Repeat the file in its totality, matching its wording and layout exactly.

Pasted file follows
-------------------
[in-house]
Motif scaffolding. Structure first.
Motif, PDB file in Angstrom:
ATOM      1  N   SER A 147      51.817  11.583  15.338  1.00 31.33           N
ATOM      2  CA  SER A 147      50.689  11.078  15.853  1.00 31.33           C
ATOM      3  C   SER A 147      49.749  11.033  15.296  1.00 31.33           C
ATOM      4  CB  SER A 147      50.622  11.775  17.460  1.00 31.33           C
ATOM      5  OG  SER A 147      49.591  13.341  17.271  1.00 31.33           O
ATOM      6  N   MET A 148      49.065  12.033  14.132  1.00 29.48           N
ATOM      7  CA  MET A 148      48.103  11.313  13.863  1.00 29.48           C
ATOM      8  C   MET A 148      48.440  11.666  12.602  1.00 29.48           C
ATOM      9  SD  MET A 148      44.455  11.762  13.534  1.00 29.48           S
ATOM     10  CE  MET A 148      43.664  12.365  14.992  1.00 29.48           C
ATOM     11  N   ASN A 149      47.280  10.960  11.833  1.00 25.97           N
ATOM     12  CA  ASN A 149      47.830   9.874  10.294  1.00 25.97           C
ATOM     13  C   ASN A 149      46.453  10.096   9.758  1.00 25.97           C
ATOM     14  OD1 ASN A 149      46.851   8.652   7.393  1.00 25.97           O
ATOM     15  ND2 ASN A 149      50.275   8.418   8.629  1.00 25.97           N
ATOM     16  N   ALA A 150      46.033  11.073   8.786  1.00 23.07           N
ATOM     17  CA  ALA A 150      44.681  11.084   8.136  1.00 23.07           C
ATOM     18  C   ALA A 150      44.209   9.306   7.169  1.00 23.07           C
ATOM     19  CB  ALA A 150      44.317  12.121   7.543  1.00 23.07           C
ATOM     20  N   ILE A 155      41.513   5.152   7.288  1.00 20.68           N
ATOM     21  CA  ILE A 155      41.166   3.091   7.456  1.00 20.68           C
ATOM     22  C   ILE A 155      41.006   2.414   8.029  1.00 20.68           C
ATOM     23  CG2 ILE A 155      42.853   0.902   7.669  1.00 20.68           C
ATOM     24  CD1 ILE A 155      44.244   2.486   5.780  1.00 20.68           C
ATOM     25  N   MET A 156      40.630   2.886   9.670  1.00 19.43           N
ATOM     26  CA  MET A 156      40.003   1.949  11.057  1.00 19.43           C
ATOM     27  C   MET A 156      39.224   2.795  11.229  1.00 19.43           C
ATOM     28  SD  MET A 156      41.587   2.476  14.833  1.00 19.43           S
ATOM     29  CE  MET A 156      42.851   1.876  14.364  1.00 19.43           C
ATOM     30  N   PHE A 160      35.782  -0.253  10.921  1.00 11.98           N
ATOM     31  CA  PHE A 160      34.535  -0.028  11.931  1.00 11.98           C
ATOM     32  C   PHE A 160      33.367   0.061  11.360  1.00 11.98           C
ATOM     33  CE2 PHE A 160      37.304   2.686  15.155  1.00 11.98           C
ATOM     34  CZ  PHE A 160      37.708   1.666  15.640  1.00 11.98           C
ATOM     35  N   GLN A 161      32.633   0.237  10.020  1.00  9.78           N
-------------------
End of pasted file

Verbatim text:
[in-house]
Motif scaffolding. Structure first.
Motif, PDB file in Angstrom:
ATOM      1  N   SER A 147      51.817  11.583  15.338  1.00 31.33           N
ATOM      2  CA  SER A 147      50.689  11.078  15.853  1.00 31.33           C
ATOM      3  C   SER A 147      49.749  11.033  15.296  1.00 31.33           C
ATOM      4  CB  SER A 147      50.622  11.775  17.460  1.00 31.33           C
ATOM      5  OG  SER A 147      49.591  13.341  17.271  1.00 31.33           O
ATOM      6  N   MET A 148      49.065  12.033  14.132  1.00 29.48           N
ATOM      7  CA  MET A 148      48.103  11.313  13.863  1.00 29.48           C
ATOM      8  C   MET A 148      48.440  11.666  12.602  1.00 29.48           C
ATOM      9  SD  MET A 148      44.455  11.762  13.534  1.00 29.48           S
ATOM     10  CE  MET A 148      43.664  12.365  14.992  1.00 29.48           C
ATOM     11  N   ASN A 149      47.280  10.960  11.833  1.00 25.97           N
ATOM     12  CA  ASN A 149      47.830   9.874  10.294  1.00 25.97           C
ATOM     13  C   ASN A 149      46.453  10.096   9.758  1.00 25.97           C
ATOM     14  OD1 ASN A 149      46.851   8.652   7.393  1.00 25.97           O
ATOM     15  ND2 ASN A 149      50.275   8.418   8.629  1.00 25.97           N
ATOM     16  N   ALA A 150      46.033  11.073   8.786  1.00 23.07           N
ATOM     17  CA  ALA A 150      44.681  11.084   8.136  1.00 23.07           C
ATOM     18  C   ALA A 150      44.209   9.306   7.169  1.00 23.07           C
ATOM     19  CB  ALA A 150      44.317  12.121   7.543  1.00 23.07           C
ATOM     20  N   ILE A 155      41.513   5.152   7.288  1.00 20.68           N
ATOM     21  CA  ILE A 155      41.166   3.091   7.456  1.00 20.68           C
ATOM     22  C   ILE A 155      41.006   2.414   8.029  1.00 20.68           C
ATOM     23  CG2 ILE A 155      42.853   0.902   7.669  1.00 20.68           C
ATOM     24  CD1 ILE A 155      44.244   2.486   5.780  1.00 20.68           C
ATOM     25  N   MET A 156      40.630   2.886   9.670  1.00 19.43           N
ATOM     26  CA  MET A 156      40.003   1.949  11.057  1.00 19.43           C
ATOM     27  C   MET A 156      39.224   2.795  11.229  1.00 19.43           C
ATOM     28  SD  MET A 156      41.587   2.476  14.833  1.00 19.43           S
ATOM     29  CE  MET A 156      42.851   1.876  14.364  1.00 19.43           C
ATOM     30  N   PHE A 160      35.782  -0.253  10.921  1.00 11.98           N
ATOM     31  CA  PHE A 160      34.535  -0.028  11.931  1.00 11.98           C
ATOM     32  C   PHE A 160      33.367   0.061  11.360  1.00 11.98           C
ATOM     33  CE2 PHE A 160      37.304   2.686  15.155  1.00 11.98           C
ATOM     34  CZ  PHE A 160      37.708   1.666  15.640  1.00 11.98           C
ATOM     35  N   GLN A 161      32.633   0.237  10.020  1.00  9.78           N